In nuclear power plants, workers are required to wear radiation measuring gadgets that can monitor the radiation doses so that they are protected from receiving radiation doses more than the are the legal limit. This includes teaching the workers at the stations on various aspects of radiation protection for them to be aware of the radiation hazards and the safety precautions in their work. Such protective measures involve zoning of the plants such that some areas with a higher risk of exposure to radiation are completely prohibited for access by workers. Radiations and radioactive elements enter the body by being absorbed through the skin, orally, or through inhalation. Workers are thus supposed to be well protected by wearing protective gear that reduces the chances of direct contact with the radioactive isotopes and the skin. The protective gear includes helmets, aprons, and shoes that prevent any exposure t radiation.

The most exposed persons to radiation are those in the immediate vicinity of the nuclear power plant. This mainly involves the workers. It is suggested that other people in a radius of 80 miles from the plants are also highly exposed to nuclear radiation. In 1979 Environmental Protection Agency (EPA) issued regulation standards that were aimed at protecting the general public from radiation from nuclear energy. These regulations incorporated the permissible levels of radiation doses that a person is expected to receive annually. The regulations demand that all nuclear power plants must have emergency plans for protecting the general public against exposure to radiation from radioactive materials used in power generation.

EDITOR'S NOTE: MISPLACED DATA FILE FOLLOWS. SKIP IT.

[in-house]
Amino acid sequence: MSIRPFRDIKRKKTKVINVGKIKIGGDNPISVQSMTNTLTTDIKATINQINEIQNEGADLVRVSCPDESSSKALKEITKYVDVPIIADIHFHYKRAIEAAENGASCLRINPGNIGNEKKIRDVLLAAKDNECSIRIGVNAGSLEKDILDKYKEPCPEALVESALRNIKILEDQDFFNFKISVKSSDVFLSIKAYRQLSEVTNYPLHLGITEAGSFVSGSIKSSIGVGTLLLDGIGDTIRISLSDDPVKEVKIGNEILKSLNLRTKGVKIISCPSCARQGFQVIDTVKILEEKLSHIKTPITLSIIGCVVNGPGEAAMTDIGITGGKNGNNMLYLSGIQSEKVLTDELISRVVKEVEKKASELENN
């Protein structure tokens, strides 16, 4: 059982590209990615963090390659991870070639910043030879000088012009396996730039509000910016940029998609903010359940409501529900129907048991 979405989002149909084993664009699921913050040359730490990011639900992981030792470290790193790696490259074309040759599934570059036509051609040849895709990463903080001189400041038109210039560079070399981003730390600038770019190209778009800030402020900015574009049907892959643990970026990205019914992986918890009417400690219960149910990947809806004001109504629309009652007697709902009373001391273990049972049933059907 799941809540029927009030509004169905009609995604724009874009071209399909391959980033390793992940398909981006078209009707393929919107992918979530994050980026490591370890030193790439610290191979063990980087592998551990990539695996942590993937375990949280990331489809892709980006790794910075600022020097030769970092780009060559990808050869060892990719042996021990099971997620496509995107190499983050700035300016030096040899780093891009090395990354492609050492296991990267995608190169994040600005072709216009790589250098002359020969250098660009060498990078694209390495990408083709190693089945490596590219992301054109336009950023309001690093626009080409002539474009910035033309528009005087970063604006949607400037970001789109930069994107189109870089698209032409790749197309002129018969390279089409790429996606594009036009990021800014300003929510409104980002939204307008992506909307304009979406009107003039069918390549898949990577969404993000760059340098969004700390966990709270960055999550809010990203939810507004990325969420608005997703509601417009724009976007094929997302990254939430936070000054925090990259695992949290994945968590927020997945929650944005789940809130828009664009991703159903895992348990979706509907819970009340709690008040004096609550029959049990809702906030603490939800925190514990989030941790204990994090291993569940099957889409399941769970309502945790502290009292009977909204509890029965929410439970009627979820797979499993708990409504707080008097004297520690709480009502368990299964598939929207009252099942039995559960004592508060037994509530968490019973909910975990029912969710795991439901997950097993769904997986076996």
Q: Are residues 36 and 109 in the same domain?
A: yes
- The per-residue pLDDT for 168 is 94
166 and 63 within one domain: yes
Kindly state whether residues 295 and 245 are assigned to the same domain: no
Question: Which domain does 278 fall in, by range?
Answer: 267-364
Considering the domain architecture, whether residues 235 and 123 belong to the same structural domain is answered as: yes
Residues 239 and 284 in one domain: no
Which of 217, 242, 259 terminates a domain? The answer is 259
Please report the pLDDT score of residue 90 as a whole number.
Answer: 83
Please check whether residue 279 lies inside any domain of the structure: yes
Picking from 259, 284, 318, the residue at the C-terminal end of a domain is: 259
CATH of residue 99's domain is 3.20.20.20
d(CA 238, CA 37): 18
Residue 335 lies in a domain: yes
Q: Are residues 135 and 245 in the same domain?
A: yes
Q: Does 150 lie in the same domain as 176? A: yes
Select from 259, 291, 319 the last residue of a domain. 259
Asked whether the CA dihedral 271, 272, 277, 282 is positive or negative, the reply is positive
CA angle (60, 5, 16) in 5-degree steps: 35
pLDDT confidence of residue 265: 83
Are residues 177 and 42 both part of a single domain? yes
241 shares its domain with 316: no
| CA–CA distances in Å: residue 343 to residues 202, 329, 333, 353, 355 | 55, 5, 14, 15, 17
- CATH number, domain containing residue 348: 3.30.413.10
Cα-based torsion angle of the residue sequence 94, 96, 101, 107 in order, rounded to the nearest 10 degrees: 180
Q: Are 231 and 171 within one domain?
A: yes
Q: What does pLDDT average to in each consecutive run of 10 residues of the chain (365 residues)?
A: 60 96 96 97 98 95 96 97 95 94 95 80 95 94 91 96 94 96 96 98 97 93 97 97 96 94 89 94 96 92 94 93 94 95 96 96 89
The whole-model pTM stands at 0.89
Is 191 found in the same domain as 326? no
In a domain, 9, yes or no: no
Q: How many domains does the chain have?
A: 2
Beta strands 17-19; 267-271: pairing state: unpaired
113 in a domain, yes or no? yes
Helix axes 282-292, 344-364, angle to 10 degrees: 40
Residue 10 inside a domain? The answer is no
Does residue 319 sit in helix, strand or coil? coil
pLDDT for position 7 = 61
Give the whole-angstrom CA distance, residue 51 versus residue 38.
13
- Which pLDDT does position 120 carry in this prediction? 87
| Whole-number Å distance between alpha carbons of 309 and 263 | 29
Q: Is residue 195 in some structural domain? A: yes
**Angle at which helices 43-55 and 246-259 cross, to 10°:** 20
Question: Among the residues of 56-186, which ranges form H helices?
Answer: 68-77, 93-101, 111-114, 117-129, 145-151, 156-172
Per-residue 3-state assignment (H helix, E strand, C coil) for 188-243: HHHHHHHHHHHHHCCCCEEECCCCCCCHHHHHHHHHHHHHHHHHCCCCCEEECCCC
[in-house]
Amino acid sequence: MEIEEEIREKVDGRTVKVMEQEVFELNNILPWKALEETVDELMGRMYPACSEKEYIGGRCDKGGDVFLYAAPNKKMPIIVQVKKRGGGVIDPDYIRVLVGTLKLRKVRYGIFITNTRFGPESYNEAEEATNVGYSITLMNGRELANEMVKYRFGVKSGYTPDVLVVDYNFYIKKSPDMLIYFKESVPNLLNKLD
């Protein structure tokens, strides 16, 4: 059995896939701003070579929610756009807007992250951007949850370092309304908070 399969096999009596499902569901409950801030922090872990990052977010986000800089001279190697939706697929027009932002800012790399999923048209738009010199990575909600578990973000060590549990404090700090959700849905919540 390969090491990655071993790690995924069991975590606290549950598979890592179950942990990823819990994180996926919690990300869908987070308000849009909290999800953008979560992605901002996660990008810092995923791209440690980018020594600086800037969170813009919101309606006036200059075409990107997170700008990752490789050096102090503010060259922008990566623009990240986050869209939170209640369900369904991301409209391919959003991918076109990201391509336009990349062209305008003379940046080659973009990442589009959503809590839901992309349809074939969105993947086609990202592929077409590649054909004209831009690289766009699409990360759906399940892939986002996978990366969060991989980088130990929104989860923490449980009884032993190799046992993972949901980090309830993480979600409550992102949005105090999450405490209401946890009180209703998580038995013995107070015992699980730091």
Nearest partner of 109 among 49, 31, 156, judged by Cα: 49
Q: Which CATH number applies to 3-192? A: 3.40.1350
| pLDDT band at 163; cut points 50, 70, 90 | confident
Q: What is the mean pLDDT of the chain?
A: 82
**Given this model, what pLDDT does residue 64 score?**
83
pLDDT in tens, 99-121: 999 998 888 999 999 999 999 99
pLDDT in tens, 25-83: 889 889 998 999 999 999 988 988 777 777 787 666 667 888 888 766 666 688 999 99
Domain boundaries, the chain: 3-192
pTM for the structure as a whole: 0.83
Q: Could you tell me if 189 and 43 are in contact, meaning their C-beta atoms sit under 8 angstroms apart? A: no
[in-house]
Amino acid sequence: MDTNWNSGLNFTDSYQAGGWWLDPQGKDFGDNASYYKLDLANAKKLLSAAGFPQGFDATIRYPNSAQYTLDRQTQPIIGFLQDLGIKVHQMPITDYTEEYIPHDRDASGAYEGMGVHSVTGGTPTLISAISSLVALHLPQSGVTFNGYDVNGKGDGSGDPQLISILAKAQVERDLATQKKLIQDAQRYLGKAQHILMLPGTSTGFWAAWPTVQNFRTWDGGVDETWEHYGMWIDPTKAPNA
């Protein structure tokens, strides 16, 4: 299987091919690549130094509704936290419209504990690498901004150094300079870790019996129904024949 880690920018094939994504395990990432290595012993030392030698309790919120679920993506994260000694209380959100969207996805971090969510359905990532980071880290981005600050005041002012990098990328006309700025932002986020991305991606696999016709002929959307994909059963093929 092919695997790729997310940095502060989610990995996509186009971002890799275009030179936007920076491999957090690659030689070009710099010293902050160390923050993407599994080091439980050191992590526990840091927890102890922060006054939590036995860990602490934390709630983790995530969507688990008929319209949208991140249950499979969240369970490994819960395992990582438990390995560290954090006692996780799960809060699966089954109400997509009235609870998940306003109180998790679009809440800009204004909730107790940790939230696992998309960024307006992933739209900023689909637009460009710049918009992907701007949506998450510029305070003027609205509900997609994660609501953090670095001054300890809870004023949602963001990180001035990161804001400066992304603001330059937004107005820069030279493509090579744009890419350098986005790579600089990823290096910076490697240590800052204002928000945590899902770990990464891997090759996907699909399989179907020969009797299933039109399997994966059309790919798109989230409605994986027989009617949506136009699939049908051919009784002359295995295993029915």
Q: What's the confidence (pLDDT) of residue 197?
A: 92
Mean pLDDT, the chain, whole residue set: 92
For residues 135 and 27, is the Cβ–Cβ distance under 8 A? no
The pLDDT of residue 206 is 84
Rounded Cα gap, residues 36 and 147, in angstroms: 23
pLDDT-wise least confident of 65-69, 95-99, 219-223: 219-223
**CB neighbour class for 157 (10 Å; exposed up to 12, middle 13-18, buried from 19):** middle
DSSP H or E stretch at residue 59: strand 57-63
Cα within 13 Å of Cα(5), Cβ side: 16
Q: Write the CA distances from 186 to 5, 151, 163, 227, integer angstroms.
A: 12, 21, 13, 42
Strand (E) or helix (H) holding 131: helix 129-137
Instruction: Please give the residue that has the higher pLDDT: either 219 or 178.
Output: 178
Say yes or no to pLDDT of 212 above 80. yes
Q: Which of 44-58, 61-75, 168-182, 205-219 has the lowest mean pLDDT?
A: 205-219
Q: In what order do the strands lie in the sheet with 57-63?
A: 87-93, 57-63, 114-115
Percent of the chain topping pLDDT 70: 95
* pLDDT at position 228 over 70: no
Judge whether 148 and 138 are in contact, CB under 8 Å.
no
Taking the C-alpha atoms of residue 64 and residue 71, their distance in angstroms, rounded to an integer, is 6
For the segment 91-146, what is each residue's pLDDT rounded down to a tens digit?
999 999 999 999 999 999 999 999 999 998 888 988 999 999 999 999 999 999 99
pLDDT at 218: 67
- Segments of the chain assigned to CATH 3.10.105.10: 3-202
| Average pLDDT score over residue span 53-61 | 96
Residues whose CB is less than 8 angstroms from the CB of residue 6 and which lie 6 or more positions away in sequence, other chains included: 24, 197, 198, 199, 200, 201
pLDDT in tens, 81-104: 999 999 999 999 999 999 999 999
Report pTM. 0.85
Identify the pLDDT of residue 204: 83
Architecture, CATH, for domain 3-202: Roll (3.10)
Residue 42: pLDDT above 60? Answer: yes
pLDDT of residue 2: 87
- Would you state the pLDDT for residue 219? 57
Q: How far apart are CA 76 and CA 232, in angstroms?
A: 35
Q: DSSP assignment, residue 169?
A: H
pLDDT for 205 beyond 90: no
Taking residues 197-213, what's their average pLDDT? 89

Conclusion

It is no doubt that nuclear energy will offer the solution to future electricity generation. Owing to the economic advantage and efficiency in using nuclear energy in relation to other methods of energy production, many countries will be forced to initiate nuclear plants for electricity production. Nuclear energy is not only being exploited in the production of electricity but also in many other applications. Still, more applications of nuclear energy can be projected especially with the concerns being raised regarding the environmental effects of fossil fuels not to mention the danger of their depletion.